Saturday, February 04, 2006

Oldies but Goodies--Stromatolites

Stro'-mat'-o-lite) Stromatolite is fossilized blue-green algae. They are some of the oldest known living organisms on earth. Some from Europe date back to about 4.5 billion years ago.

(I was going to put more of the technical stuff here, but Anita-–my trusty editor--said it was a little too dry). Stromatolite is rather common around the world. There are many types of stromatolite but most resemble rounded, layered rock balls or domes. A popular type is the stacked or layered (in cross section) domes. As the algae builds up layers, the older algae on bottom dies off and forms a base for the new algae on top. Stromatolite has a great resistance to change and destruction. We still have them forming on earth today off the Keys in Florida and on the outer edge of the Great Barrier Reef in Australia. They can occur anywhere there is warm water and a place for them to grow. The western US was under water at one time and hence has several places where there is fossilized stromatolite. Wyoming, Nevada, and yes, Utah all have good deposits of stromatolite. The large stromatolite beds in Utah are around the west side of the Great Salt Lake and are now under water again. They are exposed during seasons of extreme drought. The Bird's Eye Rhyolite found in Utah county is not really a rhyolite but a marble and the "eyes" are stromatolites within the marble.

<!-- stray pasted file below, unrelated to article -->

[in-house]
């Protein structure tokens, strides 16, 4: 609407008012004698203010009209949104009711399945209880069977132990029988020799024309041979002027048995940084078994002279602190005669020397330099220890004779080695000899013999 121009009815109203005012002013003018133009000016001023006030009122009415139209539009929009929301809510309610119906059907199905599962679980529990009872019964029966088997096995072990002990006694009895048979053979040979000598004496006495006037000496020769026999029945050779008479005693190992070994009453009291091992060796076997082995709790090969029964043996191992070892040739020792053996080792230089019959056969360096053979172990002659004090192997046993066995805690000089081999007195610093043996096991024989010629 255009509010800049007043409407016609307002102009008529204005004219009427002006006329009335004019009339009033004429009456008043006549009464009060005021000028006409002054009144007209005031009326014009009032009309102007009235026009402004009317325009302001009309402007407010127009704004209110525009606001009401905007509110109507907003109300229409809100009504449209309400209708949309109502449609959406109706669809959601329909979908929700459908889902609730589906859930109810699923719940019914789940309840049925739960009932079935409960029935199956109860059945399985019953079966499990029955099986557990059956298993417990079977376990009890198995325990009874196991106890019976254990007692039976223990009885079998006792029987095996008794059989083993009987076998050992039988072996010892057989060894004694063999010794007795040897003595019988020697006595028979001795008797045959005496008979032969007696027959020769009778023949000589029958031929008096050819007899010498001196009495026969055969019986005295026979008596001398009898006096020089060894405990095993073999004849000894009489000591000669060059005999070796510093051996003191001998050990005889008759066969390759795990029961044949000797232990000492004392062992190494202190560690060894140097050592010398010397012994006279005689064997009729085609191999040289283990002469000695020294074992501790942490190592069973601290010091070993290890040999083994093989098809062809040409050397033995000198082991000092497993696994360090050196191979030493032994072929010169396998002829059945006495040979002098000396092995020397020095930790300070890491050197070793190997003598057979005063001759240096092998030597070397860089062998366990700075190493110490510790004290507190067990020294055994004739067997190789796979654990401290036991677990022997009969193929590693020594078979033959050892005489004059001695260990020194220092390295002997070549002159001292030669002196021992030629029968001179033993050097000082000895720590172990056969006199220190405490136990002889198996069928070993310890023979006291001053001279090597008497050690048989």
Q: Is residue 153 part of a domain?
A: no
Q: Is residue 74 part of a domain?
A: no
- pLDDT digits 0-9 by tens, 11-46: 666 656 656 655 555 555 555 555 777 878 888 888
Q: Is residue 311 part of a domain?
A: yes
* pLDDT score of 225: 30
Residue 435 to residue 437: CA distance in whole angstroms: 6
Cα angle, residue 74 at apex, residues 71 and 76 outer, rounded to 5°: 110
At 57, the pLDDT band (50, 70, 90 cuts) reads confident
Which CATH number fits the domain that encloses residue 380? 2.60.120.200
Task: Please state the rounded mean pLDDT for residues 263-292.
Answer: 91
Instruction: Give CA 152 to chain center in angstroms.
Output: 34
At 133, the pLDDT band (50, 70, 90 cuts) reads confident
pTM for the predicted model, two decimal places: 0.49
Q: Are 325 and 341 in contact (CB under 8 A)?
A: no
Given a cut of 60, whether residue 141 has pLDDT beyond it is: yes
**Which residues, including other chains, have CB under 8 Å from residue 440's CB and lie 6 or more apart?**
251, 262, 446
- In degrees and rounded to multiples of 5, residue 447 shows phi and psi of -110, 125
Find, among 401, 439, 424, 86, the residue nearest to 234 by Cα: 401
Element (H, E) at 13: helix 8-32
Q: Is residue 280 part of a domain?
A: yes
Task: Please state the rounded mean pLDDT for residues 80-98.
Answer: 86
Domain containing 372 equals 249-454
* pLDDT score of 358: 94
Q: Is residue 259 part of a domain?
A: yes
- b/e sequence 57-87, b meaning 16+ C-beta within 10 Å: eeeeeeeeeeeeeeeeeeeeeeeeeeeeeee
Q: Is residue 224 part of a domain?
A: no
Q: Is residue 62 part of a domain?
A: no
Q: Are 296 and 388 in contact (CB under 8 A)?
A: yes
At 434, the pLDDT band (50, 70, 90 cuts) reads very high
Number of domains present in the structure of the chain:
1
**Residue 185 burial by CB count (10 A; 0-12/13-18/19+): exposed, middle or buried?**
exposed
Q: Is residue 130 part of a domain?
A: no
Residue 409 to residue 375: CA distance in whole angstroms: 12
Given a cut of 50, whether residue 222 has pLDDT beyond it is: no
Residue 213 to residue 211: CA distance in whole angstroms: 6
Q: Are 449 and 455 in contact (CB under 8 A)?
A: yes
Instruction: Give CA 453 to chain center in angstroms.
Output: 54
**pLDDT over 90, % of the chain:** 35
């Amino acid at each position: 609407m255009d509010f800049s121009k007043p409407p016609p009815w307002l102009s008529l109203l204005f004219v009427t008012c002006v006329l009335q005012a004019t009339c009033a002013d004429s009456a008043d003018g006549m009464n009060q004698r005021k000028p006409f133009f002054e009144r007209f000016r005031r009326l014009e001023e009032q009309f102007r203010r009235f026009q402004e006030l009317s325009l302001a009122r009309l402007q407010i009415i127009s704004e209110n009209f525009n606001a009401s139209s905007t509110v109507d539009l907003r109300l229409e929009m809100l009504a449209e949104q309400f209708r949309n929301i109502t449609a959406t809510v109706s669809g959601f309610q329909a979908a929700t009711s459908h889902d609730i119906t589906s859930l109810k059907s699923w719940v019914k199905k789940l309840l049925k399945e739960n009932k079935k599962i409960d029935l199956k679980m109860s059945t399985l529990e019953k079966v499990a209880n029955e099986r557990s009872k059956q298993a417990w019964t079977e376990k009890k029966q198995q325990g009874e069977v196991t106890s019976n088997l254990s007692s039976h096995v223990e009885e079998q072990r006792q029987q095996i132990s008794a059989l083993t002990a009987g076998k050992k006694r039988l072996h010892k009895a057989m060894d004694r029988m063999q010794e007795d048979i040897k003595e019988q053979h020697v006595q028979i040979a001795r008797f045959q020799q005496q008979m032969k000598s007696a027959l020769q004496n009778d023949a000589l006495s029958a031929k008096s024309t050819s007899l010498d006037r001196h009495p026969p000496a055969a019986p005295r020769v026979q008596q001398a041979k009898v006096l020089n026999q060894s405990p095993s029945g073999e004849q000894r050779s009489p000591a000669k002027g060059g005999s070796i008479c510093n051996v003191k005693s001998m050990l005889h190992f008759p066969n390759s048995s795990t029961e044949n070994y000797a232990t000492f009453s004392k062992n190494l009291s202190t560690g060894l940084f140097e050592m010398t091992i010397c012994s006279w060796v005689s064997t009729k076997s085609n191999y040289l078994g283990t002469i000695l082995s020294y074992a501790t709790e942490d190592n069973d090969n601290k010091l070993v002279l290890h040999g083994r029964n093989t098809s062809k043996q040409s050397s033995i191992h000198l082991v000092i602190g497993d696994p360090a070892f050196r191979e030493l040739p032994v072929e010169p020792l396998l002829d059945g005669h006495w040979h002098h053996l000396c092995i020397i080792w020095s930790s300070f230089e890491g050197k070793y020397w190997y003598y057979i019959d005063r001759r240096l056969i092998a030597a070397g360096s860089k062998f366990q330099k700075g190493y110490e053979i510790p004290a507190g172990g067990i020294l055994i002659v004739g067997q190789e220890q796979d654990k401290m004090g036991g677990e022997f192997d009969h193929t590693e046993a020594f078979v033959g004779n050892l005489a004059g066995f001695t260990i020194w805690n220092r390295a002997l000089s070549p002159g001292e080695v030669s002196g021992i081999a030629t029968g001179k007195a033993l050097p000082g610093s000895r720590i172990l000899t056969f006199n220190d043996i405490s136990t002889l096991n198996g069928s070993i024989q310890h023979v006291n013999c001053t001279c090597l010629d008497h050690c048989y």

Too cool!

The ones from Wyoming were all but depleted by collectors from the 1940's-1980's. Many large areas that had them are now cleaned out. The reason for the collecting is not that it is important to science but rather it is very attractive when polished. It is a light milk chocolate with darker chocolate bands between the different layers of algae. This rock has always been popular with the fossil collectors and lapidary people alike.

There is now some strong evidence that the Zebra Stone from Australia is also a type of stromatolite or was produced by a stromatolite.

The famous Banded Iron Formation of Wyoming is also part of a stromatolite. It was created when iron-eating algae produced an oxygen rich environment that produced the banded red jasper.

Stromatolites from England & Australia are very common (another clue to the Zebra Stone) and are very attractive. I hope that peaks your interests and brings out the stromatolite collector in you!

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